The cause of Darwin’s long-term health problems has been the subject of several books and scores of academic publications. Among the many theories include Darwin’s acknowledgment that his goal was to “murder God” by developing a creation theory that negated the most common reason given for belief in Him, namely the beauty and complexity of the physical world. This theory Darwin developed to that end was natural selection, although Darwin himself had doubts about the ability of the mechanism he proposed to account for all of creation. As will be reviewed, a good case has been made by several Darwin scholars for the murder hypothesis causing guilt that accounts for many, if not most, of Darwin’s psychological problems (which, in turn, had a large influence on causing his many physical maladies). The “cold-water episode” recounted in this paper supports this conclusion.

 


Strategies for More Clearly Delineating, Characterizing, and Inferring the Natural History of Baramins I:
Establishing Baraminic Status, with Application to the Order Galliformes (Class: Aves) 

Jon Ahlquist and Jean K. Lightner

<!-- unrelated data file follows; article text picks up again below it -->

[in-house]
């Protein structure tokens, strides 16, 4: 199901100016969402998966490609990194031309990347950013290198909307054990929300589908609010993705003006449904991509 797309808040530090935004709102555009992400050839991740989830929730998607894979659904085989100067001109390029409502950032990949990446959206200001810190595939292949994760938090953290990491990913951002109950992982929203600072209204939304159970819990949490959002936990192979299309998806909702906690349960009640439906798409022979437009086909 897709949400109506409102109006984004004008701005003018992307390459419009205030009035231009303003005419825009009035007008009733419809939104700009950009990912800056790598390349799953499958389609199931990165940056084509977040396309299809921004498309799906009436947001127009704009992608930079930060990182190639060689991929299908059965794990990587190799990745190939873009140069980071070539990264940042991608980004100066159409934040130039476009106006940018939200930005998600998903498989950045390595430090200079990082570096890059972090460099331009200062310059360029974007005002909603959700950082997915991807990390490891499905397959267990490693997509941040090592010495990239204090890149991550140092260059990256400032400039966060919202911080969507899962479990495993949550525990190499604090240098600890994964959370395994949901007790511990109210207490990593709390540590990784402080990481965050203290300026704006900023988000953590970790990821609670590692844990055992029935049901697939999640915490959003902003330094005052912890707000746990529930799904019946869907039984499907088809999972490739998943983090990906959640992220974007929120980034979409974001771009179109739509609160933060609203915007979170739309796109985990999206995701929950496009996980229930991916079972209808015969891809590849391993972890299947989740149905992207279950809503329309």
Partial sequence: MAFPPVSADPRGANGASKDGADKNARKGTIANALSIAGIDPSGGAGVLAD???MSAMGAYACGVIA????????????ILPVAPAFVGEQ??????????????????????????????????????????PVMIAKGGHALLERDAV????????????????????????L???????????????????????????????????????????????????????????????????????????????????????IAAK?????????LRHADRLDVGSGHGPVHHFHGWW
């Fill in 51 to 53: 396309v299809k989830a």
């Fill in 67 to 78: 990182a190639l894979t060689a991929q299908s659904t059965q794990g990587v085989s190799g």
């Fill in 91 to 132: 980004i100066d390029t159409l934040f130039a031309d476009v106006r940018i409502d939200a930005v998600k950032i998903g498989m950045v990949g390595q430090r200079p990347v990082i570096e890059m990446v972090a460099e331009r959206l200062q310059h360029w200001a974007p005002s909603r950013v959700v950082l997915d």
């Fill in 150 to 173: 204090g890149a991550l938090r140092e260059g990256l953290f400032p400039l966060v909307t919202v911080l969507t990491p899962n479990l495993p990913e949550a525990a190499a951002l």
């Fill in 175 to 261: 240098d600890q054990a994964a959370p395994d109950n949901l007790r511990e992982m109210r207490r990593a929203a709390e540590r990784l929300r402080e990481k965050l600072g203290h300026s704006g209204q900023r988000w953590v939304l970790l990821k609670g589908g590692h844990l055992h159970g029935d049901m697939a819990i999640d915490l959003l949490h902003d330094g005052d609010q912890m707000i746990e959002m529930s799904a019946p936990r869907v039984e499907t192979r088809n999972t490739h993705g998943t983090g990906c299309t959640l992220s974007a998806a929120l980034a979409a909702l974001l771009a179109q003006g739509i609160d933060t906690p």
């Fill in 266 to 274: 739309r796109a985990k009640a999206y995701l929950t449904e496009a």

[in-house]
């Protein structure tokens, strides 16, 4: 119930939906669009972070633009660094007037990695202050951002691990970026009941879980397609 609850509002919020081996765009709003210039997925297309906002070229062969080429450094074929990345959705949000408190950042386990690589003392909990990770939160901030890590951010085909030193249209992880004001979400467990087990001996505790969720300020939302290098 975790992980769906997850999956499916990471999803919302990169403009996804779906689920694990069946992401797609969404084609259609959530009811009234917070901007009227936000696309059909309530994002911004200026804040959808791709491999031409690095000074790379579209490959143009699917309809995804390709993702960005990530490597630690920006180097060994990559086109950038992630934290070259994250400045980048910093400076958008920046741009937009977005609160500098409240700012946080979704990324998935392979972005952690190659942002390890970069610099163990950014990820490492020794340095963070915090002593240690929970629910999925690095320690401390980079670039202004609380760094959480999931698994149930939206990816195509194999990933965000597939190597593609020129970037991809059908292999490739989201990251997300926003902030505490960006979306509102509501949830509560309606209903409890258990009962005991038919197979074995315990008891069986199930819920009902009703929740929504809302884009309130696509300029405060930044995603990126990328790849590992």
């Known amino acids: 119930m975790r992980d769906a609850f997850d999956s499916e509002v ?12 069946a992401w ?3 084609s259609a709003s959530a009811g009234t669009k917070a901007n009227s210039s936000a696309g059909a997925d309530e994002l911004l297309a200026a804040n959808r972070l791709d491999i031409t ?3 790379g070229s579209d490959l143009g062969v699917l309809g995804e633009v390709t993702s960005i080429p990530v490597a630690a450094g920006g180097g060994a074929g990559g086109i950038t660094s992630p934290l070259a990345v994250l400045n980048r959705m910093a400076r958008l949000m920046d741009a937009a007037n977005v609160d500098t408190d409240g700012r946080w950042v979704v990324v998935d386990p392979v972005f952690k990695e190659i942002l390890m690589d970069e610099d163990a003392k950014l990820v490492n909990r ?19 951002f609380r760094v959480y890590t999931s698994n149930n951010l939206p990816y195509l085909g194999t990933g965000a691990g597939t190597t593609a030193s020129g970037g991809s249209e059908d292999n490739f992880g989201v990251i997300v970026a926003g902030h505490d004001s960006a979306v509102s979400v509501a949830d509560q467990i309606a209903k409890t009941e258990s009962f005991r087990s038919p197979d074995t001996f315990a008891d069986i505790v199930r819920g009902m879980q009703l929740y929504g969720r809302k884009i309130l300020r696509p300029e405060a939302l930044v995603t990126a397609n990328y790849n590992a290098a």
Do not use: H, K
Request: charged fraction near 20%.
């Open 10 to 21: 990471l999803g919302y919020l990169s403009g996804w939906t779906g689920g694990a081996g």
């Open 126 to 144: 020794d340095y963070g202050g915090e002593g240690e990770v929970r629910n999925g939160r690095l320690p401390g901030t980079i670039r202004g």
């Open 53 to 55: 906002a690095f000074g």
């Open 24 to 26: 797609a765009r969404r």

Baraminology is the study of created kinds, or baramins. A major goal of this branch of creationary science is identifying which species known today descended from a common kind of organism created at the beginning, as described in the opening chapter of Genesis. While numerous baramins have been tentatively identified, more work needs to be done to better establish and characterize these baramins. Here, using the galliform birds, or landfowl, as our example, we discuss and illustrate strategies that include examination of biblical data, tracking down hybridization data, opportunities for further studies using statistical baraminology, and incorporating rapidly accumulating molecular data. In the process we not only present further evidence substantiating that different families in the avian order Galliformes belong to a single baramin, but highlight future research opportunities that could further our understanding of this baramin. In future papers we will explore the diversity and relationships within this group and attempt to understand key aspects of their natural history from a biblical perspective.